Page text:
"There were a lot of things that really were intriguing to me about the organization – the players, and the coaches and the willingness of everyone to try to accomplish what the goal of playing football is, which is to win. I’m going to try to do everything I can in my position and in what I am responsible for to make it happen. I’ve got to trust that everyone else is doing the exact same thing. That part is no different from what I’ve experienced in 20 years of my own role.”

Brady said the offense of coach Bruce Arians was appealing to him.

"I’ve obviously paid attention to him and his offense for a long time," Brady said. "Everybody has somewhat different styles and philosophies on how to call things and so forth. Football, to me, is about throwing the ball to the guy that is open. If he is open deep, that is where you throw it and if he’s open short, you throw it there. If he is open outside, you throw it there. If they are open inside, that’s where you throw it. You get the ball to the guy who can do something with it.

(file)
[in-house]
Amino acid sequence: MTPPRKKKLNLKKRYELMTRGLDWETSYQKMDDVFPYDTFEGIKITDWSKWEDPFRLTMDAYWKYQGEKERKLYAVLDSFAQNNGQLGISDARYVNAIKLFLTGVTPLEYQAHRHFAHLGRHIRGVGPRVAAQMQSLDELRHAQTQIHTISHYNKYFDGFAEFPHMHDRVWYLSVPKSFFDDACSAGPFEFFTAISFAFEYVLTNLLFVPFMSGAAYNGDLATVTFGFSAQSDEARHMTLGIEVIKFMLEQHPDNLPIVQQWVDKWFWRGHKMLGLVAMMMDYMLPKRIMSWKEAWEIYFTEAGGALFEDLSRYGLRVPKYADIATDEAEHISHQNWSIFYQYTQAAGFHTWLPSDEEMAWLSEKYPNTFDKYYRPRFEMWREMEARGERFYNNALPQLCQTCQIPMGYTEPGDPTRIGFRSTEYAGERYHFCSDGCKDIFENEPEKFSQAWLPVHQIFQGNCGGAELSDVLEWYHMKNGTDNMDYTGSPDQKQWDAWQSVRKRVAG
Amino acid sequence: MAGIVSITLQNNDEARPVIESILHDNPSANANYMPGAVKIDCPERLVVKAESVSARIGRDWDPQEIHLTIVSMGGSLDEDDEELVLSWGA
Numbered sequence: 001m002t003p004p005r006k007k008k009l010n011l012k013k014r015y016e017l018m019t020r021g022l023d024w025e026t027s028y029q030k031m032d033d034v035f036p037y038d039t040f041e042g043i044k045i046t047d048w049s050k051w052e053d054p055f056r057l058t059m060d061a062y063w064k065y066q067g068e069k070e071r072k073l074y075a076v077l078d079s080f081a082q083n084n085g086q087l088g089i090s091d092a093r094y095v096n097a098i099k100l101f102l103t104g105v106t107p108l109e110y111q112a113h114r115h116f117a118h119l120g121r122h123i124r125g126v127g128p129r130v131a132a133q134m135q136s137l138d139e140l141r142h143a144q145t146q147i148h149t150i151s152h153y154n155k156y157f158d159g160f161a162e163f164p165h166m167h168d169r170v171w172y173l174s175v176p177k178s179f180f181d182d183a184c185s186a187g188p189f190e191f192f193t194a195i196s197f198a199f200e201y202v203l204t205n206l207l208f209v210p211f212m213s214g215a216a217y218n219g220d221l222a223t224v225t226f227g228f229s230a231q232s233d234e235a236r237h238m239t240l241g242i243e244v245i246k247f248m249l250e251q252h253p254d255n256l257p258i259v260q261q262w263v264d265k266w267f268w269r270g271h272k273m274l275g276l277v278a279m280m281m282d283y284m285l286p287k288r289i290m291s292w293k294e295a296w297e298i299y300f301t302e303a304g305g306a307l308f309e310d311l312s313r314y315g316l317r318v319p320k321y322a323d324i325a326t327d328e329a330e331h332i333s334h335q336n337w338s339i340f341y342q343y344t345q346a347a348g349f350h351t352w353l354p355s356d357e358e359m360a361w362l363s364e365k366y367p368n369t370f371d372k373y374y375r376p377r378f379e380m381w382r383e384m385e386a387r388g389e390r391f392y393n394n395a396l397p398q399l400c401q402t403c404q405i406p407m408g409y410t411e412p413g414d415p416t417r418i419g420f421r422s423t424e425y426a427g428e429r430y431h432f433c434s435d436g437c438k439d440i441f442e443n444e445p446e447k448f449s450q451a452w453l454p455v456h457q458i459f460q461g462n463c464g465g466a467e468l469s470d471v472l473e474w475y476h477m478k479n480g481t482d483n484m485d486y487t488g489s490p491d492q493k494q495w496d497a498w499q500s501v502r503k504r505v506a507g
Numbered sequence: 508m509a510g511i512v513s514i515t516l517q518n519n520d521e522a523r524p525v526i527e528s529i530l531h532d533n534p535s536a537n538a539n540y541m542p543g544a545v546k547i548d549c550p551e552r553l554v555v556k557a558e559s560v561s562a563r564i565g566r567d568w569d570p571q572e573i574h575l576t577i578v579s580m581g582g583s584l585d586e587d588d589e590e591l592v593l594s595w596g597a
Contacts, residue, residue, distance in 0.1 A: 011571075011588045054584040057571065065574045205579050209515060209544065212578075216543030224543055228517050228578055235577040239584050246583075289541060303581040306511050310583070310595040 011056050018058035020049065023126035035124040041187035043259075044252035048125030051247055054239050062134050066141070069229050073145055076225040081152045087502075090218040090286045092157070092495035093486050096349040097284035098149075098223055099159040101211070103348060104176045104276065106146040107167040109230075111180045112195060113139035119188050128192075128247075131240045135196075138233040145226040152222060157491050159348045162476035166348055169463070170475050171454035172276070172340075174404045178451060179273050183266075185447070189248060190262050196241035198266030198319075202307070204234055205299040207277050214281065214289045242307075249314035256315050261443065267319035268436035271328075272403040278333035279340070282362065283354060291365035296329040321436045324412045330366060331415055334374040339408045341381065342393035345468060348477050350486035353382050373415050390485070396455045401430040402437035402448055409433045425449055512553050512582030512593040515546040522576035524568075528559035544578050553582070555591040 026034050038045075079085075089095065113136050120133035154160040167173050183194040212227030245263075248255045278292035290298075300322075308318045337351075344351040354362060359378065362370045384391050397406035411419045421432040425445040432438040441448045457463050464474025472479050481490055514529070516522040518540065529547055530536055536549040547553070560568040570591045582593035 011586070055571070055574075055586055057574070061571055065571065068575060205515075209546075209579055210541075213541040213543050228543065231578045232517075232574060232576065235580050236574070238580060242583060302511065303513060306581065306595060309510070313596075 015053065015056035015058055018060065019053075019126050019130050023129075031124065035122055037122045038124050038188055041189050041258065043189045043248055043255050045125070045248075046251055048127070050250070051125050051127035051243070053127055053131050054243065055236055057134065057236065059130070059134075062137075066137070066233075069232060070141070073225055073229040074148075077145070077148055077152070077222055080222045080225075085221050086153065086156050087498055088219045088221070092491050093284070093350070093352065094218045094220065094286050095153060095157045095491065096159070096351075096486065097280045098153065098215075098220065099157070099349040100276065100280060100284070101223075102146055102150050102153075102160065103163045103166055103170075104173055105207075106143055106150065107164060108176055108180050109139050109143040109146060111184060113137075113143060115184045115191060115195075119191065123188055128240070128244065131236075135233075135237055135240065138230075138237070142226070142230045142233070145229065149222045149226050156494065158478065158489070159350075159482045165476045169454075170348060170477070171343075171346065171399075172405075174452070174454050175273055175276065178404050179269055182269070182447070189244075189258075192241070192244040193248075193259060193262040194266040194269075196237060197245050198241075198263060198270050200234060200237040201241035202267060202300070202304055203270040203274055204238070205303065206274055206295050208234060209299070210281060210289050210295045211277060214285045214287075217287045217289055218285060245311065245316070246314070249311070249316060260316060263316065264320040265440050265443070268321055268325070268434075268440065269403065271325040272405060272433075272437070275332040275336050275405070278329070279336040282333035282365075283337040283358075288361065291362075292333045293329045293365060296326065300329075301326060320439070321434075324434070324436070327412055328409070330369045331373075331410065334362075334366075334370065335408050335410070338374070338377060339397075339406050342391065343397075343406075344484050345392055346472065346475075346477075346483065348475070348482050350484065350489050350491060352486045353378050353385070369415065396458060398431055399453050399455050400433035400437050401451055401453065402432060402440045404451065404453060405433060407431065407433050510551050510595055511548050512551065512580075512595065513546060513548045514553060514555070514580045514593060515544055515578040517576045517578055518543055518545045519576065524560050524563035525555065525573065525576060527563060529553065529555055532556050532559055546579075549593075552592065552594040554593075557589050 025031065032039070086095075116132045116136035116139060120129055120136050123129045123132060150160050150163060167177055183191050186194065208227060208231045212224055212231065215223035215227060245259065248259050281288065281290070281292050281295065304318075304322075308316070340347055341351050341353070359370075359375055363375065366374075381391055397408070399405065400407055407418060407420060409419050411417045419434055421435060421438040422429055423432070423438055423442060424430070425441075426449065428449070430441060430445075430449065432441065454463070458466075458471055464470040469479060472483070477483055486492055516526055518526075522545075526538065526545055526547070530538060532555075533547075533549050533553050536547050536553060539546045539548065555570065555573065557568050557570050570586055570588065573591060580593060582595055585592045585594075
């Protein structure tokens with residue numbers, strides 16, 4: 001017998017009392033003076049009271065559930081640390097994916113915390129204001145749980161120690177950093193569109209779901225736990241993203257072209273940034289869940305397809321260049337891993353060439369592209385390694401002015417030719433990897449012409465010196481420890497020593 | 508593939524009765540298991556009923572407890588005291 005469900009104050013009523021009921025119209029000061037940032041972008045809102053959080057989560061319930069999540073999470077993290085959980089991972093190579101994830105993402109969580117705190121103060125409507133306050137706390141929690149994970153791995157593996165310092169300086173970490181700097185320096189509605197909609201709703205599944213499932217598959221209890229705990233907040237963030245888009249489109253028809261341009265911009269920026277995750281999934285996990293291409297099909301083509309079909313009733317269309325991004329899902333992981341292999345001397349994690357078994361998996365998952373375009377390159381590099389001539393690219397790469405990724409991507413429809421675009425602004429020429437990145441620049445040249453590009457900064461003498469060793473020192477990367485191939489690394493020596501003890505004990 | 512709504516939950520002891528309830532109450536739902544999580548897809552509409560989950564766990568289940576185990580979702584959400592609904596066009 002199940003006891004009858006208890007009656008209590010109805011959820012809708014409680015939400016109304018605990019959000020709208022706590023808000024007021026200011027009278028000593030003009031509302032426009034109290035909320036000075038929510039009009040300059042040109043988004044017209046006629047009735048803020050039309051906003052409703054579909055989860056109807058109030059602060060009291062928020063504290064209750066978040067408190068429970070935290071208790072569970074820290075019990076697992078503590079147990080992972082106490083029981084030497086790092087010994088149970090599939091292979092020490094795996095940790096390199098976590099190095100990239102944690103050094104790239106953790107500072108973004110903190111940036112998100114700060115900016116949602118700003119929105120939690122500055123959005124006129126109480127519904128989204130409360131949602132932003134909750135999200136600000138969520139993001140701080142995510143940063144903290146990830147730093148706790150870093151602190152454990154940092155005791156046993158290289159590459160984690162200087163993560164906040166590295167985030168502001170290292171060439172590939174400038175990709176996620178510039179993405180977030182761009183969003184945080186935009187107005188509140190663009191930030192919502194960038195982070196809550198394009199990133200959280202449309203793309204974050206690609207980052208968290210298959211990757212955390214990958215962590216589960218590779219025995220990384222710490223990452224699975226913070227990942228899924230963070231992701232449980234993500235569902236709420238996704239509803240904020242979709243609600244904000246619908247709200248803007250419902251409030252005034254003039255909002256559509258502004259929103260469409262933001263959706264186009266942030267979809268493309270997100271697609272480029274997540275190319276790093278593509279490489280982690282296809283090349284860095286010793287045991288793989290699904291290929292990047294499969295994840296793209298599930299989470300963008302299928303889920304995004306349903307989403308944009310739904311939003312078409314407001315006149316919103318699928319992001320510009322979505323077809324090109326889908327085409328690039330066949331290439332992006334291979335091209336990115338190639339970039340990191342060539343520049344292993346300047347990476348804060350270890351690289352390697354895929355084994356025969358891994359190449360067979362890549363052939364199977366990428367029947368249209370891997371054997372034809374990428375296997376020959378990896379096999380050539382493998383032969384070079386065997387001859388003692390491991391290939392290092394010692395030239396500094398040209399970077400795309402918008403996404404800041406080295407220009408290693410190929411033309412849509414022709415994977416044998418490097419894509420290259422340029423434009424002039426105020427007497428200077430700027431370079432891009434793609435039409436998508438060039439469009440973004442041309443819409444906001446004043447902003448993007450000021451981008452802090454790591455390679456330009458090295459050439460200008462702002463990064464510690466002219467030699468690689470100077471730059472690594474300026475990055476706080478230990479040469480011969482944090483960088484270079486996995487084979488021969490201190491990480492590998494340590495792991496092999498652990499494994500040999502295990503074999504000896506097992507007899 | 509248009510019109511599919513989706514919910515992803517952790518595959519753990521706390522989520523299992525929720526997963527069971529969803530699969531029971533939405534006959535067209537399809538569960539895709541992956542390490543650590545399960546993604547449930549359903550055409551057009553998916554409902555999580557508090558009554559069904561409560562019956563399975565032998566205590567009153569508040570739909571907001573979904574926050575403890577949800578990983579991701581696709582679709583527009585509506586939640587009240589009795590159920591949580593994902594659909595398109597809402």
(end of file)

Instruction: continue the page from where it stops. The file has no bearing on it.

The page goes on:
"There are some really talented players here on this offense that have very unique skill sets and it’s really my responsibility – I have one ball and I’ve got to be able to deliver that ball to the guy who can do something with it. There is a lot of ground to make up because I haven’t worked with these players. I’m going to have to learn what they do, and their body language and how they like things. That’s part of the challenge. It’s unfortunate what we’re going through in our world. It presents different challenges for all of us, so again, as soon as we have the opportunity to all be together in one place, we can really start working toward that. That’s what I’m going to do.”